LCA TEJAS: IAF’s new ‘Flying Daggers’ which 33 yrs later still have some distance to cover



The Indian Air Force (IAF) has fixed July 1 as the tentative date for a home-coming it has long awaited. A squadron of the indigenously designed and built Light Combat Aircraft (LCA) Tejas will be commissioned and thereafter join the ranks of frontline jets like Sukhoi 30MKI, Jaguar, Mirage 2000 among others in securing the Indian airspace. The event, which will be held in Bengaluru, however, is far from receiving the kind of attention it should.

And there are reasons.

To begin with, a typical IAF fighter squadron will consist of 16-17 jets and one or two trainers of the same aircraft. In the present case, the IAF has merely two aircraft from the series production which are ready and available. There is a third one too nearing completion but it may not make it on the given date.

That however is a smaller mountain to climb.

INDIA TODAY has learnt that there are uncertainties in validating the production set up of the LCA. While the IAF would like to have 16 aircraft a year, the infrastructure to deliver even eight is untested.


T Suvarna Raju, Chairman and Managing Director, Hindustan Aeronautics Limited (HAL), the manufacturer of the aircraft, said, “We have established manufacturing infrastructure in Bengaluru for production of eight LCA per annum. The rated capacity would be achieved once the Standard Of Preparation (SOP) is frozen by ADA (Aeronautical Development Agency).” SOP in simpler terms is the configuration, design and a host of other technical specifications which unless frozen, the maker cannot start serial production. He added, “HAL has submitted a proposal to the Defence Ministry to ramp up the rate of production from eight aircraft to 16 per annum. HAL is planning to establish the facilities within three years from the date of approval.” When asked the IAF and ADA denied that SOP was an issue any longer.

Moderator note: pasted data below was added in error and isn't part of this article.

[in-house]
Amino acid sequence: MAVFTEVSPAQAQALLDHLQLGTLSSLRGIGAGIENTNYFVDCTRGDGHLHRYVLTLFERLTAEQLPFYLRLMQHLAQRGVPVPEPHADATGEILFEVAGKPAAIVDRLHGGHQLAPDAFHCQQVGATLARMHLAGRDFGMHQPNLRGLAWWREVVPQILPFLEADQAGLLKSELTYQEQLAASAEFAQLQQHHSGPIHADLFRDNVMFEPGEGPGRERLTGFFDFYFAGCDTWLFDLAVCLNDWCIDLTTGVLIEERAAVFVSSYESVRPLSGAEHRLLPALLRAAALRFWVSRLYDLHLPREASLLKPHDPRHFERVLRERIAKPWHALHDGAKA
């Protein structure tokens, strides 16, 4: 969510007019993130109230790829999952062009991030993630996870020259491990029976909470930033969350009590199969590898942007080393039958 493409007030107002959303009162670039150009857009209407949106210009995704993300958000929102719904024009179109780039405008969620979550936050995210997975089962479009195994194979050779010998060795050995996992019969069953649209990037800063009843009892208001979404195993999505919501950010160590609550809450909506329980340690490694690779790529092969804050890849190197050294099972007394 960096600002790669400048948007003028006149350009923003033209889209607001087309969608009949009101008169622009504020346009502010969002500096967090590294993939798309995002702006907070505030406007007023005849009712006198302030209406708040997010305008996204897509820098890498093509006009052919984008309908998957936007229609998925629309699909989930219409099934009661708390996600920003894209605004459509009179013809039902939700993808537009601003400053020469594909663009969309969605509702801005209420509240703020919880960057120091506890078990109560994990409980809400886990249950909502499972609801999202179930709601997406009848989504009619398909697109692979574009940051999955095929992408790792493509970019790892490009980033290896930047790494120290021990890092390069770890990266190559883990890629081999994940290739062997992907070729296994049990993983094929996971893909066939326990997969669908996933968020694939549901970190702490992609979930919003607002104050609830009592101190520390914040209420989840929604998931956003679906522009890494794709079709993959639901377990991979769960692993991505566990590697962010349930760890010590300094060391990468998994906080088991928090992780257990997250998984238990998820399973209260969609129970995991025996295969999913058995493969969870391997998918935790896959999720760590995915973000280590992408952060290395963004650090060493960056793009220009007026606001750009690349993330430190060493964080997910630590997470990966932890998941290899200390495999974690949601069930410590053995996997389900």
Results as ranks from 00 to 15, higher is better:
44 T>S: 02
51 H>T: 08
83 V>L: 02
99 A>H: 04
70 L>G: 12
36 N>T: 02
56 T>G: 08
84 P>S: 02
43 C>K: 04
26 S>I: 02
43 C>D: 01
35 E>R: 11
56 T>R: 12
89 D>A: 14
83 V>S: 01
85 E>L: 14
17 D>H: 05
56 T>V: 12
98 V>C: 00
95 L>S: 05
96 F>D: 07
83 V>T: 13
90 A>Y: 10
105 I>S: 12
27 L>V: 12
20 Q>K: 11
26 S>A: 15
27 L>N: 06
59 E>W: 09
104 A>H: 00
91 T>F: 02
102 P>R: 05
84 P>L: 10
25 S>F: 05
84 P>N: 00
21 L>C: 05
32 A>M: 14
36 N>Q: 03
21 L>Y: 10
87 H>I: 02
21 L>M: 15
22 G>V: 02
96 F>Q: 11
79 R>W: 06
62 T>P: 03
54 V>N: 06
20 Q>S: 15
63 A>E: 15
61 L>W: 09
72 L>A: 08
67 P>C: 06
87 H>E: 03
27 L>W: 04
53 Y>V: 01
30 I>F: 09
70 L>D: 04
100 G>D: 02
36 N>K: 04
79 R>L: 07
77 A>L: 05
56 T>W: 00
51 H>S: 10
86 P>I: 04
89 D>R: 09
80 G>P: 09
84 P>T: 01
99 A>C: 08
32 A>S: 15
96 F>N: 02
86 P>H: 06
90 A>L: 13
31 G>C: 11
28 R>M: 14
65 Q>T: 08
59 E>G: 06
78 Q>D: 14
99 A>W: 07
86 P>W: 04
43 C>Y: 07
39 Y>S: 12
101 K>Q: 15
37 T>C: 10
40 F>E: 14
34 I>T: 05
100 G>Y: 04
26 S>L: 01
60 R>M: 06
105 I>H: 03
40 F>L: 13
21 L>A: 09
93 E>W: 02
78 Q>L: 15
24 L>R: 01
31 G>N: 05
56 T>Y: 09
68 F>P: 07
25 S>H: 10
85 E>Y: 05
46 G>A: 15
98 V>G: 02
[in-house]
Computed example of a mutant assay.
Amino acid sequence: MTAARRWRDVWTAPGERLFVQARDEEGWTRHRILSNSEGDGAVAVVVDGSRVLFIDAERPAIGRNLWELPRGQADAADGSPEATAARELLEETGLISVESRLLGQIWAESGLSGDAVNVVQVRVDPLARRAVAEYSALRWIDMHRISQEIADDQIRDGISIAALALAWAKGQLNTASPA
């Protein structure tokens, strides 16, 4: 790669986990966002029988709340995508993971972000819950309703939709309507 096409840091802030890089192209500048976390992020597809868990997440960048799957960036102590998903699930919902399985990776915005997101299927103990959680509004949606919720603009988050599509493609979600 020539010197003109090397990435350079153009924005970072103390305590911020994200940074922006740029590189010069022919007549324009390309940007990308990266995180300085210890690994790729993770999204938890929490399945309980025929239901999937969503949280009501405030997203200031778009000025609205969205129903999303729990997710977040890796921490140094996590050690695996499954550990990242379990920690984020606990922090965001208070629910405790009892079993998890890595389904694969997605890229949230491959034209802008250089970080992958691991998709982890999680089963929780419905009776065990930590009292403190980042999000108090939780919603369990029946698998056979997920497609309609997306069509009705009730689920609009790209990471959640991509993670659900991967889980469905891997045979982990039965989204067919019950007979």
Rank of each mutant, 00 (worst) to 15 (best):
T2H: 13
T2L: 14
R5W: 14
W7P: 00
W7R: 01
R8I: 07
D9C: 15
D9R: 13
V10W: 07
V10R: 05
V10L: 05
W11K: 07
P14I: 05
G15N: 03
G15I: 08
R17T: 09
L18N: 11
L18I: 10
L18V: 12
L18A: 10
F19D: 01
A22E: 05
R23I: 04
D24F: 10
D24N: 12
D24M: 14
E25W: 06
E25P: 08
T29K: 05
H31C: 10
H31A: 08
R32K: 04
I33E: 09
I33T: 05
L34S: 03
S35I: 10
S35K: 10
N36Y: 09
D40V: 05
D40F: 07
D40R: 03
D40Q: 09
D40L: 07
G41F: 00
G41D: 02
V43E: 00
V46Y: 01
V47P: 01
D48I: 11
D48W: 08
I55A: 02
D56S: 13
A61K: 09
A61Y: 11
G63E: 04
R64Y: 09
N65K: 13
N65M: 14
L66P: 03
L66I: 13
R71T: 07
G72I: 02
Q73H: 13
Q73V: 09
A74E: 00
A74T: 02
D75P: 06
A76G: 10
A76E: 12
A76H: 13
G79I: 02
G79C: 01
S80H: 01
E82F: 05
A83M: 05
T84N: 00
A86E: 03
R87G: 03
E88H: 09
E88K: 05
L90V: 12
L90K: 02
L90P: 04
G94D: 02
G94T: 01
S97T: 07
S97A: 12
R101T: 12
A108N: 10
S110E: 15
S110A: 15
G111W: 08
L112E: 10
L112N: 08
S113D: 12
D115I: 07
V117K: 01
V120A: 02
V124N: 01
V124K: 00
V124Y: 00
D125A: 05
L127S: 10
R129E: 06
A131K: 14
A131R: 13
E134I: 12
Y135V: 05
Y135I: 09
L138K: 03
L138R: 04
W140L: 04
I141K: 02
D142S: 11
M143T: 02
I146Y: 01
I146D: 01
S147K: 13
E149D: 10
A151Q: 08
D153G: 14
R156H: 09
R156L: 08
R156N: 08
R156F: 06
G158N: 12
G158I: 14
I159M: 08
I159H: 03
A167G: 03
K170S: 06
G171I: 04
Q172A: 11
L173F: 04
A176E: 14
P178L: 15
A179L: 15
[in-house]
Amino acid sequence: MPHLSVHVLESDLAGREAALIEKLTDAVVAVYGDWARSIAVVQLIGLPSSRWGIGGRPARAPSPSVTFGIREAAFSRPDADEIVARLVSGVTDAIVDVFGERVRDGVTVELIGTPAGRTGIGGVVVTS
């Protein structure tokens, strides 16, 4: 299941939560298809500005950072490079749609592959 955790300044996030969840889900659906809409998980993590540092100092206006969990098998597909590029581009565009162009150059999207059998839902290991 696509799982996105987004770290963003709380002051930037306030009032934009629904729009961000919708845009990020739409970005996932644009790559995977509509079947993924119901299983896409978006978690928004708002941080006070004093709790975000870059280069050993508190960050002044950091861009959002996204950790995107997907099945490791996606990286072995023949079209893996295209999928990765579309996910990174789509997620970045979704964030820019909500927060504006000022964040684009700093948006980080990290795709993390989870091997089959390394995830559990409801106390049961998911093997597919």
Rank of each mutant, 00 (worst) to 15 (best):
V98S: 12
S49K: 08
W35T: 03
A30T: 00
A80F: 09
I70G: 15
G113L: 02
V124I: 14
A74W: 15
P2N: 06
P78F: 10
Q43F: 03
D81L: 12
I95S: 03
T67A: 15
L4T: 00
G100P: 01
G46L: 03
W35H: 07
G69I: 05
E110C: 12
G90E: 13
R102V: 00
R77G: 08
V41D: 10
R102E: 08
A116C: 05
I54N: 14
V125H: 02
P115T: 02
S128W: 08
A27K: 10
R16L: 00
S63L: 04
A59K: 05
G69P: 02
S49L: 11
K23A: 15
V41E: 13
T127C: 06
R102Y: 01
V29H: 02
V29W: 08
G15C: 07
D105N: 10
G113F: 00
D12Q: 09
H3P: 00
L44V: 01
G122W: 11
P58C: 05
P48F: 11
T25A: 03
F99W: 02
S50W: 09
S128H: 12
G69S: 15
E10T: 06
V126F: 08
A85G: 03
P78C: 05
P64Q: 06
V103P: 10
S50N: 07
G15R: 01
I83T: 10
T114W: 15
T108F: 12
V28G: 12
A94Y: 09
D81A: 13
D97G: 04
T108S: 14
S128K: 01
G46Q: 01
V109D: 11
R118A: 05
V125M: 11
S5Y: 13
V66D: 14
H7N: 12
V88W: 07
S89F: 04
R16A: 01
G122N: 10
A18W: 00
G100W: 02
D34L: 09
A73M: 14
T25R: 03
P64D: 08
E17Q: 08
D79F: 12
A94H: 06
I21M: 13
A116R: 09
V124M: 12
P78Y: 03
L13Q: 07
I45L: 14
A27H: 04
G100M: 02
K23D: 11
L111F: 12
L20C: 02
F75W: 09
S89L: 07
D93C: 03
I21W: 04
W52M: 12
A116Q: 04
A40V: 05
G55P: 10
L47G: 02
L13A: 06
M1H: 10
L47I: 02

CD Balaji, Director ADA said, “Updates will keep taking place as the aircraft is flown more often. To say that the design isn’t frozen and that it is delaying everything is not correct.”

Is the road ahead only about building factories and fighter planes inside its walls?

A source closely linked to the project explained, “IAF has achieved what can be called as interim satisfaction. We won’t send the LCA to the front if there is a war tomorrow. But we have to start flying it and getting involved with it. May be in a year or two, we would have fine-tuned the plane.” He also shared that in the subsequent versions the IAF is looking at acquiring Air to Air refueling capability, firing of advanced weapons, utilizing a lighter LCA with a more powerful engine from the present F404-GE-IN20 among other things. “Maintenance is still a major issue with Tejas,” he revealed.

The first lot of 20 LCA Tejas, to which the two available aircraft belong, is being built in what is called as Initial Operational Clearance configuration. It is a stage that the development programme achieved in December 20, 2013. It was to have later achieved the Final Operational Clearance (FOC) but it hasn’t. It is likely to achieve the same by the March 2017. With that done, 20 more LCA will be built in that configuration. From there on production of LCA Tejas Mark 1 will cease and 80 aircraft of Mark 1A configuration, the aircraft the IAF is really eyeing, will have to be made and proven. Few can or are willing to speak about timelines, quite naturally.

Defence Ministry’s statement to Parliament last year put the figure incurred on the LCA programme at Rs 7399.69 crore. The total outlay including the naval variant is estimated at Rs 14033.2 crore.

Calls for parallel certification and production for the future LCA are growing. So is the clamour for a robust and export-oriented production line for the aircraft.

Air Vice Marshal Manmohan Bahadur (Retd), “What is happening may look odd in terms of squadron strength but in the long run it will all be worth it if we learn from our mistakes of which we have made many.”


  1. Following the last flight of the indigenously made Hindustan Fighter (HF) 24 in 1961, need was felt to build an indigenously designed fighter
  2. In 1984 Aeronautical Development Agency (ADA) was formed to manage the LCA programme
  3. First flight flown on January 4, 2001
  4. Total test flights flown till date – 3184
  5. Can fly at heights up to 50,000ft
  6. Maximum speed can exceed the speed of sound (1300kmph)
  7. Wingspan 8.20m
  8. Length 13.20m
  9. Height 4.40m
  10. Weight 6560kg

So, what do you think about it?

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